SEARCH South Berwick graves and cemeteries on the Cemetery Database.

South Berwick's five community cemeteries span almost four centuries, from the 1600s to the present day.  Rich with history, they are peaceful, interesting places to stroll, as well as being a repository of historical facts and a means to honor hundreds of our veterans.  The Town of South Berwick does not provide any maintenance for cemeteries.  The Old Berwick Historical Society is therefore grateful to the volunteers who maintain these irreplaceable community landmarks.

Old Fields Burying Ground (Vine Street Cemetery)
Established 1600's - Vine Street, near Old Fields Road and Brattle Street
Veterans' graves

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Overlooking Leigh's Mill Pond, Old Fields Burying Ground on Vine Street is one of South Berwick's oldest cemeteries, dating from the 1600s. Though no stones from that date are identified, it is very likely the burial place of our first settlers --families such as those of Thomas Spencer and Humphrey Chadbourne.  After the community's 1652 submission to Massachusetts Bay Colony, it was ordered that a meeting house be built, and around 1660 the settlers did so nearby, on the intersection of today's Brattle Street and Old South Road, at the center of the settlement.

Freewill Baptist Cemetery
Established c. 1835 - Main Street
Freewill Baptist Cemetery

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Many South Berwick citizens of the 1800s and early 1900s have been laid to rest in this beautiful historic cemetery located right in the heart of South Berwick Village. The 1835 South Berwick Free Baptist Church, containing the 1890 South Berwick town clock and shown at left on Main Street, is part of the interesting story of Maine Baptists and the temperance movement of the early 1800s.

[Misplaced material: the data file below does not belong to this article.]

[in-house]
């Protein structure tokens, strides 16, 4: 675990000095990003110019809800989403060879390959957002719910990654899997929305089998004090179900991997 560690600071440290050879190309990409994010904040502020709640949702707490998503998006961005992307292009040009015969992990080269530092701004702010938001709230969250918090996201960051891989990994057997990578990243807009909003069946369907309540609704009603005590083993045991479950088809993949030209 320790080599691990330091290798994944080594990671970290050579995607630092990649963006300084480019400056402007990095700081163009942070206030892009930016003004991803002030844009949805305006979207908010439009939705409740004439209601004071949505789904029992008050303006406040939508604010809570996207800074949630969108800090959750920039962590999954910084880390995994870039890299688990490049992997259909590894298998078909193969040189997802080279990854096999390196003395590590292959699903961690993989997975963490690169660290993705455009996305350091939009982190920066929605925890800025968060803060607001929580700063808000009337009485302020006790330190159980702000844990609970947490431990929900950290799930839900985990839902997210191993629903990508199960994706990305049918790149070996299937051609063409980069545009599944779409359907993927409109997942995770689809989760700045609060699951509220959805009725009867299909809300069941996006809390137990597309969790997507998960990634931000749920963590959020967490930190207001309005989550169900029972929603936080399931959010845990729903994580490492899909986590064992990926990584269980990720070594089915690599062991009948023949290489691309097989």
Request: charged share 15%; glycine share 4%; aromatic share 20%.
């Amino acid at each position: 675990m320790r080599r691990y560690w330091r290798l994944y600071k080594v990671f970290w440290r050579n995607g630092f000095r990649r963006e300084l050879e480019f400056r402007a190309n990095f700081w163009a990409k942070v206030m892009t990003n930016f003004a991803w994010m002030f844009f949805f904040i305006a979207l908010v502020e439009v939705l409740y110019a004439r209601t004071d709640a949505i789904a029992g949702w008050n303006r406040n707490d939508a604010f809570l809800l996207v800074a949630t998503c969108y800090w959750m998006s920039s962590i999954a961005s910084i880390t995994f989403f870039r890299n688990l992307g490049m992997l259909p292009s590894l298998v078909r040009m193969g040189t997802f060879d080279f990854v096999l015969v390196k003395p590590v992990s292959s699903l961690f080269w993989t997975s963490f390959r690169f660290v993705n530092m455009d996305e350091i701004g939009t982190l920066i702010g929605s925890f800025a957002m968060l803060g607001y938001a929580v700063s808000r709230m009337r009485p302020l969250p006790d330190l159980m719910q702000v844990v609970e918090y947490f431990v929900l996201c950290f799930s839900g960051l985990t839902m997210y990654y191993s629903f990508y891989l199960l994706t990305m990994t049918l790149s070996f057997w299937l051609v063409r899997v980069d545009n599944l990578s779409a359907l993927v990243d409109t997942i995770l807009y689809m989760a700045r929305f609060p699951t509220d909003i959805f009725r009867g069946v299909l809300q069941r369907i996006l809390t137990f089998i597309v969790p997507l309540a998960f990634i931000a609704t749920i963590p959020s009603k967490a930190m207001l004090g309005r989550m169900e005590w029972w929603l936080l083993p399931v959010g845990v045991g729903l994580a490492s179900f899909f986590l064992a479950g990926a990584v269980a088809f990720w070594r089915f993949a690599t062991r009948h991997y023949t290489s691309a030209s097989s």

Click here to read more Freewill Baptist Church history

The earliest grave recorded here is that of Eliza J. Earl, a two-day-old infant who died in 1813, indicating the cemetery may have begun as a family burial plot on an Earl family farm.  World War I Veteran Chester Guy Earl (1893-1957), Pvt Company G, 36th Infantry, was buried here much later.

Portland Street Cemetery
Established 1818 - Agamenticus Road

Click here for a database to search graves in Portland Street Cemetery. Portland Street Cemetery on Agamenticus Road

In March, 1817, a merchant named Micajah Currier, writing his will, provided funds for the creation of a new burying ground “for the inhabitants of Berwick and South Berwick,” according to York County, Maine Will Abstracts. Currier's tomb was the first to be placed there, in 1818. This was how Portland Street Cemetery began. In those days Agamenticus Road would have been a country lane without a name. Nearby, however, was the spot that became the Soldiers Monument at the Portland Street intersection, where South Berwick's town house stood in the early 1800s.

Currier's tomb, right foreground, at Portland Street Cemetery on Agamenticus Road, with Powderhouse Hill ski area in background

 

Pleasant Hill Cemetery
Wadleigh Lane

Ernie Wood of the VFW places a flag at a veteran's grave at Pleasant Hill Cemetery

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Pleasant Hill Cemetery is an historic burying ground originally associated with the Great Works woolen mill on Brattle Street, and dates to at least the mid-1800s.  Many textile mill workers employed at the Newichawanick Woolen Company are buried here.  The Second Advent Society at Great Works had a small church opposite the cemetery and a bit downhill.  The society was founded in 1870 by Rev. J. G. Smith and Rev. T. W. Piper and 15 original members. 

Woodlawn Cemetery

Agamenticus Road

Tomb of George F. Knight at Woodlawn Cemetery, undated photo.

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Woodlawn Cemetery, the largest and newest in South Berwick, was created on an old Libby family homestead and burial site that dates to the 18th century.  As Portland Street Cemetery began to near its capacity in the 1880s, Woodlawn began to be regularly used, and now contains hundreds of 20th century graves, including many veterans of World Wars I and II.  It is maintained by the South Berwick Cemetery Association.
 
“This monument is raised in the original family burying ground on the homestead of Dea. B. Libby, as a memorial to the long neglected dead which repose here, some thirty in number,” reads a Woodlawn Cemetery marker “erected by the descendants of Dea. John Libby, A.D. 1881.” 
 

 Tomb of George F. Knight

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